Philosophy Talk asks: What can non-violence really achieve?

Apr 10, 2015

We all hope for peace. Yet in the face of violence, it often seems the only recourse is more violence. Advocates of non-violence claim it’s not necessary to respond to war in kind, and that responding violently, even in self-defense, just perpetuates the cycle of violence. So how can we practice non-violence under the direct threat of violence? Can non-violent acts be spread to stop aggression and war? And are there times when violence is, in fact, necessary?

Under CC license from Flickr user dakini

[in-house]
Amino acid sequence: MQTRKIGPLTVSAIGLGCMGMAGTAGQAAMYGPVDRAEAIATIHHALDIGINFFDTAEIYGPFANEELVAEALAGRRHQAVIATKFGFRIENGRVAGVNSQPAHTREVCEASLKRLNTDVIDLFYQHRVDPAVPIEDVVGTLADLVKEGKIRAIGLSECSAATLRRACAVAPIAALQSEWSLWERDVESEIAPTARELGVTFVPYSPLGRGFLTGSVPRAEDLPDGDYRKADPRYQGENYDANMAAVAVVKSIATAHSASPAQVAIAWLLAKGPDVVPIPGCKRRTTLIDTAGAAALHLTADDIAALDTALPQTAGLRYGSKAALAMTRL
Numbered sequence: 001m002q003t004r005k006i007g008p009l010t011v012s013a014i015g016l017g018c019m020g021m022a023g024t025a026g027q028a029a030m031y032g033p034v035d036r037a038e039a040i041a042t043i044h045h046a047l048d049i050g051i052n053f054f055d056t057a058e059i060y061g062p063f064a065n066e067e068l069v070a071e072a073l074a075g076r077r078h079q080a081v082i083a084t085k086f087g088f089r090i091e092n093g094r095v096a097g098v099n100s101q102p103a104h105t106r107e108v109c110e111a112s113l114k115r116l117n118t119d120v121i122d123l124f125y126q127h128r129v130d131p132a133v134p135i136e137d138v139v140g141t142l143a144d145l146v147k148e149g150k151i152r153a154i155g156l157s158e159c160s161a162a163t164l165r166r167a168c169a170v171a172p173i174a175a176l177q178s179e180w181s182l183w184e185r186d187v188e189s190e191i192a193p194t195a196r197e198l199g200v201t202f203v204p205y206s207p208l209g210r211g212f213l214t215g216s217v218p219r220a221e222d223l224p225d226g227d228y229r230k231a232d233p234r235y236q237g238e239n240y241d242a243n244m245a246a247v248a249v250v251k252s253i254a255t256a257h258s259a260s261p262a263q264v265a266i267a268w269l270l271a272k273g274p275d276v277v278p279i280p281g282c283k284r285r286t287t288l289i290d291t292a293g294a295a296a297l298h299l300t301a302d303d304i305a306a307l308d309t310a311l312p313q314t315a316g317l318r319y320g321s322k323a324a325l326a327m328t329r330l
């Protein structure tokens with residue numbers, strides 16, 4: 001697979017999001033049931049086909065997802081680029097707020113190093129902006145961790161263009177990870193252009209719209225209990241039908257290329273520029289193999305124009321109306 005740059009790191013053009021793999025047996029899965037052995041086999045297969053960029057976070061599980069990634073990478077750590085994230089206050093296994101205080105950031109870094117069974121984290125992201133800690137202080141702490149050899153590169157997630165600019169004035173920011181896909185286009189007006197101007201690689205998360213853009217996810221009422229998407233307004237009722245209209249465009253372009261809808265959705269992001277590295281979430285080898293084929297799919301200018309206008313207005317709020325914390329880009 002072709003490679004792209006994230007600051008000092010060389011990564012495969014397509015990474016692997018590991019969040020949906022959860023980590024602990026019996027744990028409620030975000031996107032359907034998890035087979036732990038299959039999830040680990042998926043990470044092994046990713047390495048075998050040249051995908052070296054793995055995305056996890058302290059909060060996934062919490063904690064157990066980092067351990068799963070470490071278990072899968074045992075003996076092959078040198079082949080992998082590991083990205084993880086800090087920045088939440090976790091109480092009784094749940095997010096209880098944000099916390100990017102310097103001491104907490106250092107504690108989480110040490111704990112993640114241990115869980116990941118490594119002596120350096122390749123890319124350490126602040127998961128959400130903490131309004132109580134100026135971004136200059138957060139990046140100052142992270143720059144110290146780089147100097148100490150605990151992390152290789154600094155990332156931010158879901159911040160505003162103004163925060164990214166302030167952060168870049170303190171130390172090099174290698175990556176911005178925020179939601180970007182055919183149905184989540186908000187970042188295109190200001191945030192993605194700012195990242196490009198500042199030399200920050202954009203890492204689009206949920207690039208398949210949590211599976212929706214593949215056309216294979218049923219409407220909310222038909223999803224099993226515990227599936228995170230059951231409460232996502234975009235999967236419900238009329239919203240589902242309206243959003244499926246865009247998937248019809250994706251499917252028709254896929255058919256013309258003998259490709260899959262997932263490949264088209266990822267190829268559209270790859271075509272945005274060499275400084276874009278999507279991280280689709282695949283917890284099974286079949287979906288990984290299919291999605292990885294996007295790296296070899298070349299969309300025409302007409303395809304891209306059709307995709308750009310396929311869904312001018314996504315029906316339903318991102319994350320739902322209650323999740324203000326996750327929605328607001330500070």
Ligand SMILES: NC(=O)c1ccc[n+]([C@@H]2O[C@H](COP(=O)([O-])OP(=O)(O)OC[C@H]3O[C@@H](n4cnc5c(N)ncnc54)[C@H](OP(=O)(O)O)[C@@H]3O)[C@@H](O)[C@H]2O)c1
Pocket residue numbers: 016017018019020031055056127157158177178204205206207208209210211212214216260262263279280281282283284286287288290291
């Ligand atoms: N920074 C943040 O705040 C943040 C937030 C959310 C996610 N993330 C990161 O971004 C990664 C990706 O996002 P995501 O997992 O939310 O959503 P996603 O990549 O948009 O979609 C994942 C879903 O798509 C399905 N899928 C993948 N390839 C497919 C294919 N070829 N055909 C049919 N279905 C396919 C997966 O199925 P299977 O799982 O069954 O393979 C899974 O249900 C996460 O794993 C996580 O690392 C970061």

Many air strikes were launched by Israel in Gaza City over the past few weeks in response to Palestinian rocket attacks on Israeli cities. Since that moment, the violence in the region has subsided after a cease-fire. The Palestinians made a successful bid to upgrade their UN status, and Israel announced it would build 3,000 new settlements in the occupied West Bank and East Jerusalem. So the situation remains as tense and volatile as ever.